>>>> as in a living roof, we can decrease the flammability factor.
>>>> The Lobo fire that swept through our neighborhood recently came right to
>>>> our friend's straw bale house with only superficial plaster damage on one
>>>> corner.  Of course there are far too many factors to say it was saved
>>>> because of being straw bale or not..
>>>> Then again, if you get a fire like just swept through Napa and Sonoma
>>>> Counties, all bets are off...
>>>> Misha 
>>>> On Wed, Oct 25, 2017 at 1:38 PM, Graeme North <graeme at ecodesign.co.nz>
>>>> wrote:
>>>> This list is a fantastic resource for learned info and is greatly
>>>> appreciated I can tell you.
>>>> The fire thing is scary - there is no requirement in NZ for single
>>>> dwellings to have fire resistant ceiling materials, but we do need to have
>>>> smoke alarms near bedrooms and escape routes.
>>>> The really scary thing is that the fire people here advise that a dry house
>>>> with an open attic with light timber rafters or trusses for roof framing
>>>> will burn from end to end in 60 secs.
>>>> Goodness knows what adding an accelerant like straw (without a good clay
>>>> coating) might do. I would advise against it.
>>>> I would use straw coated with clay  - pretty much a LEM mix - if my
>>>> structure allowed it to happen easily and I was considering it for my own
>>>> house but the work required and extra weight decided against it
>>>> and again recently I considered it on another design but the considerably
>>>> increased extra depth of the roof structure to accommodate it, along with
>>>> the extra cost, work, and weight, decided against it again so I went with
>>>> wool insulation in both cases.
>>>> I am also not convinced that cellulose/paper insulation with borax retains
>>>> it fire rating over time - I have seen examples of old (only a few years)
>>>> cellulose insulation that would not ignite when new,  ignite readily with a
>>>> match and it seems to keep burning quite happily.
>>>> Cheers
>>>> Graeme
>>>>> On 26/10/2017, at 5:36 AM, Bruce EBNet <bruce at ecobuildnetwork.org> wrote:
>>>>> Don¹t you love it when someone else chimes into these discussions ahead of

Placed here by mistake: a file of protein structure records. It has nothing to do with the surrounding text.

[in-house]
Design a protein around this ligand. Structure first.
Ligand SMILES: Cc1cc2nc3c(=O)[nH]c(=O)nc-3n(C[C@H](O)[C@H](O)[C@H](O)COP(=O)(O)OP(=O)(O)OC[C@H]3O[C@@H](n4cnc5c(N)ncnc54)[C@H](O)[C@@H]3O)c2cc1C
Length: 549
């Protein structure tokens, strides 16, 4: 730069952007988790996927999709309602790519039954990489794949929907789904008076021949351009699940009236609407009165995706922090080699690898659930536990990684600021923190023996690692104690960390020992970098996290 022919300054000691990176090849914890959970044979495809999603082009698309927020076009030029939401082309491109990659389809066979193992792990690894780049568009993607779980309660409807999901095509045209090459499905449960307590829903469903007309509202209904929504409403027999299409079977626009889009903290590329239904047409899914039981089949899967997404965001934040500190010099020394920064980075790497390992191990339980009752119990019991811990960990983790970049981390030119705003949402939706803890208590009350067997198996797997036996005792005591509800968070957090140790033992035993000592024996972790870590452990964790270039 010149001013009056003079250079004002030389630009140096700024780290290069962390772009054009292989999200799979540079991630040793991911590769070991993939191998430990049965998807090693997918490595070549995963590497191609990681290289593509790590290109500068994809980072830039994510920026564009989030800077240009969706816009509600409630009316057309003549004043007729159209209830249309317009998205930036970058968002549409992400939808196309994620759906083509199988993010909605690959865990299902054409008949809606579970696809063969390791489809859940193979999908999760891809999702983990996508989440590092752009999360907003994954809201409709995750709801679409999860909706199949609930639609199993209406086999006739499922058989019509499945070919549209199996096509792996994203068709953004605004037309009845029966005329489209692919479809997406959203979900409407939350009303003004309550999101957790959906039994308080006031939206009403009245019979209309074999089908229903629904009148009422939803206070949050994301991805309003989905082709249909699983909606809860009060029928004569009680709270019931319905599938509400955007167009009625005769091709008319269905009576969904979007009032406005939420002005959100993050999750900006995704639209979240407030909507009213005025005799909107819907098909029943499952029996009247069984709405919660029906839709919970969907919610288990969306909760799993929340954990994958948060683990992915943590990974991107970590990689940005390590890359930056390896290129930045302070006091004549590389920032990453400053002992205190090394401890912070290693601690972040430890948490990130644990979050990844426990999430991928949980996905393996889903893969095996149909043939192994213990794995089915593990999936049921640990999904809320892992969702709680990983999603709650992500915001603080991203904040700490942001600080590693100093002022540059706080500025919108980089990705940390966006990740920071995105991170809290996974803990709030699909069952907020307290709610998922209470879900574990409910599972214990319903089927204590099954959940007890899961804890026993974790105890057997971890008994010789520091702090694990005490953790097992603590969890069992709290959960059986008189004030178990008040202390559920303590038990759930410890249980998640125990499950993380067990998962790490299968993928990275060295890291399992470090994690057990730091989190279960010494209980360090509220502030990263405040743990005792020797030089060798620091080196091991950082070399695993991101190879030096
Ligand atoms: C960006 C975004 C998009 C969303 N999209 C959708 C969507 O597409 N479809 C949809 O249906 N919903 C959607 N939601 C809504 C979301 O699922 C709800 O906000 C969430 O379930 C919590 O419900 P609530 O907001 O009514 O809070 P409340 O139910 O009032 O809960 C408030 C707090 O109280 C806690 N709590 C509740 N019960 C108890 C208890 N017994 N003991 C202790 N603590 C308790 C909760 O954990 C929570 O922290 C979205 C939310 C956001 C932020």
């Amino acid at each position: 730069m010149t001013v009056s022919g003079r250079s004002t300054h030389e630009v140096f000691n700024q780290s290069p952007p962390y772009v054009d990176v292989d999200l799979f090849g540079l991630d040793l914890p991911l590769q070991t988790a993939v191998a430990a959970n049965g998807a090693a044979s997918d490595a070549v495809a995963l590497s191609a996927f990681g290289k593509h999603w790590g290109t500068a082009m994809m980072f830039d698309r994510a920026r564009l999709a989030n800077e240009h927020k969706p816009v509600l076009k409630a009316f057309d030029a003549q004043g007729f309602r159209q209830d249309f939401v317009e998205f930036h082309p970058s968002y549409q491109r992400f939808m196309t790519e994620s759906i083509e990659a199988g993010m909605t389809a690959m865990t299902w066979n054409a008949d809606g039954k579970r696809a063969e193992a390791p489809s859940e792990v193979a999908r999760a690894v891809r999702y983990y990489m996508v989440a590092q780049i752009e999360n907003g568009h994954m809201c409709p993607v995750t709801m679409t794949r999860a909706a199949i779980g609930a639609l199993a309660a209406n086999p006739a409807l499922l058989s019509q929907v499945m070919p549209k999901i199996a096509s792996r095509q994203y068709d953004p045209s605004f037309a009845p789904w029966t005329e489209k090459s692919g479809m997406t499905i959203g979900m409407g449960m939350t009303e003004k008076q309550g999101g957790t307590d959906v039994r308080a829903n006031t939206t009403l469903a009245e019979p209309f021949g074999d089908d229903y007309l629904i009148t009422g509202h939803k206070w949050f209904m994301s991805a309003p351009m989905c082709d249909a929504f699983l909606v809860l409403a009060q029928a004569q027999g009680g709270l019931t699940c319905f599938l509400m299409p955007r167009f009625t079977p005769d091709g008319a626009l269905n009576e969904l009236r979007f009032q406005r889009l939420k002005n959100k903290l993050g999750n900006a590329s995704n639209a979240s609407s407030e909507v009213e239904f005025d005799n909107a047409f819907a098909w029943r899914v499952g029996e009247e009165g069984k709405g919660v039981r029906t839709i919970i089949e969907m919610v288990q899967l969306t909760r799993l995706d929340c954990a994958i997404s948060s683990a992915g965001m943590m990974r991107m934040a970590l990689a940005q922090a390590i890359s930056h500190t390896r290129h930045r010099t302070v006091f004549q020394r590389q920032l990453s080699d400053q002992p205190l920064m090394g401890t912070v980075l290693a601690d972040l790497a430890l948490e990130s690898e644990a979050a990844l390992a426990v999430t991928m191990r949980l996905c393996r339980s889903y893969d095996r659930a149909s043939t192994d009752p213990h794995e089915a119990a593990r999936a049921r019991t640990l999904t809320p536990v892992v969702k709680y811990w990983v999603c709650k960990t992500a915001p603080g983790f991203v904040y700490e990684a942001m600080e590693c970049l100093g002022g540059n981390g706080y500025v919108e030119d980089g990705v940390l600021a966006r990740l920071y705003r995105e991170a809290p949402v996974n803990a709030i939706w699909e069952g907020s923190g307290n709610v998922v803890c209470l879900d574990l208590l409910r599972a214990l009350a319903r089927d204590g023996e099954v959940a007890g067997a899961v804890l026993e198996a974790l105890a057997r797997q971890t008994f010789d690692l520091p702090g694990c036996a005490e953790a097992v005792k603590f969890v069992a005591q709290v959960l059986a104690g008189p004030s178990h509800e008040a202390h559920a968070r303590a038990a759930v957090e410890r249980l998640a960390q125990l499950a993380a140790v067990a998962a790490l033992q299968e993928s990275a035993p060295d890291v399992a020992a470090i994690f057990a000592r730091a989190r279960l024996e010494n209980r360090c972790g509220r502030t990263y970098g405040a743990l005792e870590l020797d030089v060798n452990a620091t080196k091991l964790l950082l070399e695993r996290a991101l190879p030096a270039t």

>>>>> you, and says everything you wanted to say?
>>>>> I sure do.  Thank you Derek and John;  what they said.
>>>>> Bruce King
>>>>> (415) 987-7271 <tel:%28415%29%20987-7271>
>>>>> bruce at ecobuildnetwork.org
>>>>>> On Oct 25, 2017, at 7:56 AM, John Straube <jfstraube at uwaterloo.ca> wrote:
>>>>>> I would echo Derek¹s concerns exactly. Loose fluffy straw burns very
>>>>>> quickly and you may as well say you lost the house.
>>>>>> Adding clay slips will increase the fire resistance to the point is
>>>>>> acceptable, as will dense bales with some sort of clay slip top, but once
>>>>>> you do that, you have a heavy and labor intensive roof insulation.
>>>>>> Cellulose with 20%+ borate treatment is inexpensive, gives good R-value,
>>>>>> is widely available, and is very good at fire resistance.
>>>>>> On Oct 25, 2017, at 10:00 AM, Derek Roff <derek at unm.edu> wrote:
>>>>>> I have a different concern about using straw packed at low-densities in
>>>>>> the roof.  I think that the fire risk increase is much more of a problem
>>>>>> than the decrease in insulation value.  If you have seen flakes of straw
>>>>>> or loose straw burn, you will be aware that they are much more flammable
>>>>>> than standard bales.  Straw flakes are probably about half the density of
>>>>>> a building bale, and loose straw might cut the density in half again..
>>>>>> Losing the roof in a fire usually means losing the whole house¹s
>>>>>> integrity and value.  While enclosing the flakes or loose straw for the
>>>>>> roof in plywood, for example, would help somewhat with fire resistance, I